Tino is an independent game developer

1. What does your current job entail?

My official title is Game Developer & Creative at SassyBot Studio, although realistically, I wear many hats in the company. Independent developers are notorious for managing all stations in order to get the job done.

2. In what way are your NHTV studies linked to your current job?

Indie Game Development has given me all the tools to operate effectively in the interactive entertainment branch and taught me how to remain relevant in an industry that grows as fast as the game industry. Considering that I am currently developing games independently and making a living out of it, I would say that my education more than prepared me for the activities that I now do on a daily basis.

3. When you look back, do you think studying at NHTV was the right thing to do for you?

The programme at str NAMESHORT is currently among the best game development study programmes in Europe and will likely remain in that position for years to come. In retrospect, I couldn't have wished for a better education in game development on national soil than what this programme has given me.

4. Can you describe your average work day?

My average day consists of processing emails from developers, journalists, fans, publishers, and clients. The remainder of my time is spent on working down self-imposed priority lists that work towards creating a game.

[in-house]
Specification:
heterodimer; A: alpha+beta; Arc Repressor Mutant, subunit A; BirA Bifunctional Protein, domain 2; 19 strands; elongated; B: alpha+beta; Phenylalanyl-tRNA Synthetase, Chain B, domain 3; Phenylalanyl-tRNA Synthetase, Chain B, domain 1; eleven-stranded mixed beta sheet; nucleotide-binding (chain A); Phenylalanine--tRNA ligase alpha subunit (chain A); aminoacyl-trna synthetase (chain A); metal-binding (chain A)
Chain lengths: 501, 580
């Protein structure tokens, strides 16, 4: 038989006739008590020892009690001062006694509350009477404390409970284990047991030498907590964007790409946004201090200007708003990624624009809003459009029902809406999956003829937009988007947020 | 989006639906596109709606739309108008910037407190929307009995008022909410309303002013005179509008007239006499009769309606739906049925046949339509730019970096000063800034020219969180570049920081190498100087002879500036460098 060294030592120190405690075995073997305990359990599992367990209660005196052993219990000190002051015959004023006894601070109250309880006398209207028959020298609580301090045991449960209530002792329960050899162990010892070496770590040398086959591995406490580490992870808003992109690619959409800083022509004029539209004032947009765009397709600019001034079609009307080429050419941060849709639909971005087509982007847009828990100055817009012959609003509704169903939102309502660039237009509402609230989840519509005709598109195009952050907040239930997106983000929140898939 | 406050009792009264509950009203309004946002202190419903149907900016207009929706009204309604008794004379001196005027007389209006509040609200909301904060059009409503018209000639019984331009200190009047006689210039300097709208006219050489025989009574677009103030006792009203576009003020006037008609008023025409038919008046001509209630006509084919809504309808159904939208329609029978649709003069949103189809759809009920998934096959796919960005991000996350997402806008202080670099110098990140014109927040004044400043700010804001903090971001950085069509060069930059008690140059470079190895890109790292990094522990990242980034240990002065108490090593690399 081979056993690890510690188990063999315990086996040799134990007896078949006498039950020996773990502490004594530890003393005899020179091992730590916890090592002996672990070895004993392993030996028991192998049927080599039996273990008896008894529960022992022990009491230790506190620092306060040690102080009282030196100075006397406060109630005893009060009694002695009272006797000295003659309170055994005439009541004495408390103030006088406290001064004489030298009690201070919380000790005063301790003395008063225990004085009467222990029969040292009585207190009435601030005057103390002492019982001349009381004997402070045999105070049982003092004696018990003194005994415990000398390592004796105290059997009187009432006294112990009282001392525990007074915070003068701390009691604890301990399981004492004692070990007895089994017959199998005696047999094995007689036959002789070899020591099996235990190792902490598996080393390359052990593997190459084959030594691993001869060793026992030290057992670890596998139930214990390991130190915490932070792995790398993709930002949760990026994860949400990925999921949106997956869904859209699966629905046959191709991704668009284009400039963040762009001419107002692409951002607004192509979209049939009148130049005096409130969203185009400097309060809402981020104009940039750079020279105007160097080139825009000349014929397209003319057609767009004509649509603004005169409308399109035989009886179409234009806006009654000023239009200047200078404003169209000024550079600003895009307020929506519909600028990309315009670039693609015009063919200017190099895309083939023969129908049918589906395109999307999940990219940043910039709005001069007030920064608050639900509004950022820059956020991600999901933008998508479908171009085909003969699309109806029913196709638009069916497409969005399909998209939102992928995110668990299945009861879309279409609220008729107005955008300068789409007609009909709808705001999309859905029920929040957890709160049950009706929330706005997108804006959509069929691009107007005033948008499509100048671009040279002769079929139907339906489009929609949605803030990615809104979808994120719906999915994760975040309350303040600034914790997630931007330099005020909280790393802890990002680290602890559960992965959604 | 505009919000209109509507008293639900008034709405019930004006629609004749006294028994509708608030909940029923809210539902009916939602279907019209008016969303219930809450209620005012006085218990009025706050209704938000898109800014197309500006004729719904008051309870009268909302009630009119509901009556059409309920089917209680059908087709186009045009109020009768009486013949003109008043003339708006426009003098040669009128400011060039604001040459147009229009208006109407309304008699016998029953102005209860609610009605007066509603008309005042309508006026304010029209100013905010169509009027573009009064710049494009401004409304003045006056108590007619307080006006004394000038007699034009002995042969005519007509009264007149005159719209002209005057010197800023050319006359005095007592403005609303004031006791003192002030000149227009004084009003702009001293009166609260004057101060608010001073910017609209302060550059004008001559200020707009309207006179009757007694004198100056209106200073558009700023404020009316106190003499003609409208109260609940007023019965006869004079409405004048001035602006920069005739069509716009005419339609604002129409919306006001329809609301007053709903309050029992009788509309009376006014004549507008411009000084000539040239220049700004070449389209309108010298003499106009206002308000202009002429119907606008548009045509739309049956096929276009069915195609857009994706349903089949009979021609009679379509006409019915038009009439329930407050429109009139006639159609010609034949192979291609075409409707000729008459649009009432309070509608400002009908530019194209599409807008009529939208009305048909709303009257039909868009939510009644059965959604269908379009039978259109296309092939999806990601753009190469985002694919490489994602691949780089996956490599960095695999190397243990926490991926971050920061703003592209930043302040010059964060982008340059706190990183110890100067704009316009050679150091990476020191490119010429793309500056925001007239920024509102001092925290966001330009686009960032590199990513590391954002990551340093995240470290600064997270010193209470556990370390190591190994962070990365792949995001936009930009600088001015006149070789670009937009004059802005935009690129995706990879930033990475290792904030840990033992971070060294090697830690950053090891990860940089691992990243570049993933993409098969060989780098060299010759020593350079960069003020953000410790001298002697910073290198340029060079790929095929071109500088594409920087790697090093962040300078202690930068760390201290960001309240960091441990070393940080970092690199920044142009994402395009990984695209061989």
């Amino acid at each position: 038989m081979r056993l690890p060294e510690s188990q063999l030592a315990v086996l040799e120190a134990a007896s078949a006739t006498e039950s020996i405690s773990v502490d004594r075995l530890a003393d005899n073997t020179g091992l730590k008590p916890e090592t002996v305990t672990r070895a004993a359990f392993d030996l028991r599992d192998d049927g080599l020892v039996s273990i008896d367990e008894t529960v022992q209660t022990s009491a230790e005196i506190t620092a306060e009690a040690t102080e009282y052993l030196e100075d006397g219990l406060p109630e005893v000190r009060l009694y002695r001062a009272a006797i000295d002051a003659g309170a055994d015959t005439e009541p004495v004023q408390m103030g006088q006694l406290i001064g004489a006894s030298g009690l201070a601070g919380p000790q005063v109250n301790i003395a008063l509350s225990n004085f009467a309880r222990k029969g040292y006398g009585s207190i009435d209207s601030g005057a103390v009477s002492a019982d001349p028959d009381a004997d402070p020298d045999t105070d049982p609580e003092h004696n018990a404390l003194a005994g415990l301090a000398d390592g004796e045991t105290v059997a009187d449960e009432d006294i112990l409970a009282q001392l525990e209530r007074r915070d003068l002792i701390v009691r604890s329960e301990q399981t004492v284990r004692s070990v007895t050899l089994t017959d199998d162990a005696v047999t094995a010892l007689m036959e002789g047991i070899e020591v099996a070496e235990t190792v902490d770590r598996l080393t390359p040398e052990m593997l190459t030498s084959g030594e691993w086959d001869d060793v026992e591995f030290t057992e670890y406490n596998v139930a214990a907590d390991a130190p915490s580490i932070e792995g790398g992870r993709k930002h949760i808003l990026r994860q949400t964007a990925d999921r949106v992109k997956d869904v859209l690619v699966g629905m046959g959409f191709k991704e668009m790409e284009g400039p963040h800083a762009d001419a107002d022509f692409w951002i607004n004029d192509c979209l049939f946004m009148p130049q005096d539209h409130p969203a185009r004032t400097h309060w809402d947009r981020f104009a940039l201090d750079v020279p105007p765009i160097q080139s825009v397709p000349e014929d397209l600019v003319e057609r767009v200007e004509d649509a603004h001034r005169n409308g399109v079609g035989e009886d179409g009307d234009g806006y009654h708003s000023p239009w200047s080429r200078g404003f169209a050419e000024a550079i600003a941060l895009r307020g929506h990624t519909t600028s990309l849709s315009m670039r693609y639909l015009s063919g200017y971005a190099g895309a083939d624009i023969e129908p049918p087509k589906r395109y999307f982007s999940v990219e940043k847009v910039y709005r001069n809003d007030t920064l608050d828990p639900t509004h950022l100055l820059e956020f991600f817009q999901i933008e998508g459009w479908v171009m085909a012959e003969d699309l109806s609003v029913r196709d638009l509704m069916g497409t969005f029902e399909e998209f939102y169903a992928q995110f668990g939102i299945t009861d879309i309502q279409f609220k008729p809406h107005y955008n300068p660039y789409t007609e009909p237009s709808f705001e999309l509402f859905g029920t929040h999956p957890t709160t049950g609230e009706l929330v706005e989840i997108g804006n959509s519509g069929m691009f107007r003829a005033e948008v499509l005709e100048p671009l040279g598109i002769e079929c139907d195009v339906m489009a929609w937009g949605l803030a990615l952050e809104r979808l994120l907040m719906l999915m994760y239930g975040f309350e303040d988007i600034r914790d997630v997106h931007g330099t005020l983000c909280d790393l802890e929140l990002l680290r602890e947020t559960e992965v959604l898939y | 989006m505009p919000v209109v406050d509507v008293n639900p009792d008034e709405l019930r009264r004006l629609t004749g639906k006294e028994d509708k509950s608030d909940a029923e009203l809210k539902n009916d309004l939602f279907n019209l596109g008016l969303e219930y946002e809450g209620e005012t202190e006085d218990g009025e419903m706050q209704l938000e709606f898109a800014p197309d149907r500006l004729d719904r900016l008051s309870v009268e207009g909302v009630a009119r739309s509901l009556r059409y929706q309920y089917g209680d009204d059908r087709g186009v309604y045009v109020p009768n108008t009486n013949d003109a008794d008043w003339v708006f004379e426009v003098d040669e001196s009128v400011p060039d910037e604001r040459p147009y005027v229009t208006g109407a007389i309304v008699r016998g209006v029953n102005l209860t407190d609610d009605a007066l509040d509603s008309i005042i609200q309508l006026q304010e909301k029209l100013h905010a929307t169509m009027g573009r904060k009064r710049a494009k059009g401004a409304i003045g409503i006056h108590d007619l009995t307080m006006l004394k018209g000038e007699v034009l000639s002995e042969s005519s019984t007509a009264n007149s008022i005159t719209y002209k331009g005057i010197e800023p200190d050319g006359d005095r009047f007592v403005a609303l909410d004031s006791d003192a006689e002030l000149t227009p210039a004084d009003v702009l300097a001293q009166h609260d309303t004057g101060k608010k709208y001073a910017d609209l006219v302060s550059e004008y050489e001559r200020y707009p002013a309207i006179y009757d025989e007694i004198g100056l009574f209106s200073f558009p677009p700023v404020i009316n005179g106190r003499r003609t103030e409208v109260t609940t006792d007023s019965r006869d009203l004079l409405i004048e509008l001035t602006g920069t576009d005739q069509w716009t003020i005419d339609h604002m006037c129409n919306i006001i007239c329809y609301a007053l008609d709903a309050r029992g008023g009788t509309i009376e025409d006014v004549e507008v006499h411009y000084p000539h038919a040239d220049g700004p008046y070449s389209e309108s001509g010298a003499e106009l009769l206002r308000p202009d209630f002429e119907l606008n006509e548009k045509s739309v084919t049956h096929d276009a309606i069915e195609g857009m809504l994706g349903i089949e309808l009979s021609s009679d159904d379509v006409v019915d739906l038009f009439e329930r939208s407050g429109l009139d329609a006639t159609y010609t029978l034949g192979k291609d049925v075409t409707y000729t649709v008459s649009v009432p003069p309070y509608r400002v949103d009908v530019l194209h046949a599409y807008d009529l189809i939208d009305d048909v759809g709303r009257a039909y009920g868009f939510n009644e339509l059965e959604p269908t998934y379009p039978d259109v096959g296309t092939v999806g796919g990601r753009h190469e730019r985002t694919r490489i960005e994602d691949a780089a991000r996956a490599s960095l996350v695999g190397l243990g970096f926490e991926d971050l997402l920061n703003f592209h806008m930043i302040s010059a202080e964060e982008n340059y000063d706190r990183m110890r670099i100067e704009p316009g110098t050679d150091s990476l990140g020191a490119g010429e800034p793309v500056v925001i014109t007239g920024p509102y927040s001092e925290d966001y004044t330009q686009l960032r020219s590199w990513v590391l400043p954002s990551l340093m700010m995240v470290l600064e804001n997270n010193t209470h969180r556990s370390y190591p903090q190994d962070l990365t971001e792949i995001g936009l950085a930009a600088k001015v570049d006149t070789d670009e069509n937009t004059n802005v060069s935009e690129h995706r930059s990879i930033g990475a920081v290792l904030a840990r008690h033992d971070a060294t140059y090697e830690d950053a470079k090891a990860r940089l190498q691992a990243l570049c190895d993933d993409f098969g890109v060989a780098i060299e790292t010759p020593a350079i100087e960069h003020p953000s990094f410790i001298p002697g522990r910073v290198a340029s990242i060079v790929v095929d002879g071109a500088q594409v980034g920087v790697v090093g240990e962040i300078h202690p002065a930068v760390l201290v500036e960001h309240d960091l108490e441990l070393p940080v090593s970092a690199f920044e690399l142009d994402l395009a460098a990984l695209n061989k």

Work hours are usually from 9:00 to 17:00 although it is not uncommon to work overtime. If making games is your passion, then work does not feel like work anymore.
Once a week we have a game night where we play games brought in by the people that work at SassyBot. Occasionally, there are industry events or conferences to attend where I get to meet colleagues and gamers.

6. What is your best memory of NHTV and your stay in Breda?

The best moments I can recall from my study period at NHTV must surely be the after-school talks and discussions we had at the local Irish Pub. The lecturers and fellow- students are very passionate about what they do and love to start a dialogue about game-related subjects inside and outside of school.

7. What would you advise prospective students who have to make the difficult decision about where/what to study?

The advice I would give aspiring game developers is to ask yourself whether or not you would love making games as much as playing them for the majority of your average week. Creating games is a very time-consuming practice with a lot of obstacles, challenges, and struggles. However, you should know that the work you do will repay itself tenfold when you see the faces of the people that play the things that you have made.


Tino van der Kraan
Graduate Indie Game Development

Read more stories of students and alumni of the programme International Game Architecture and Design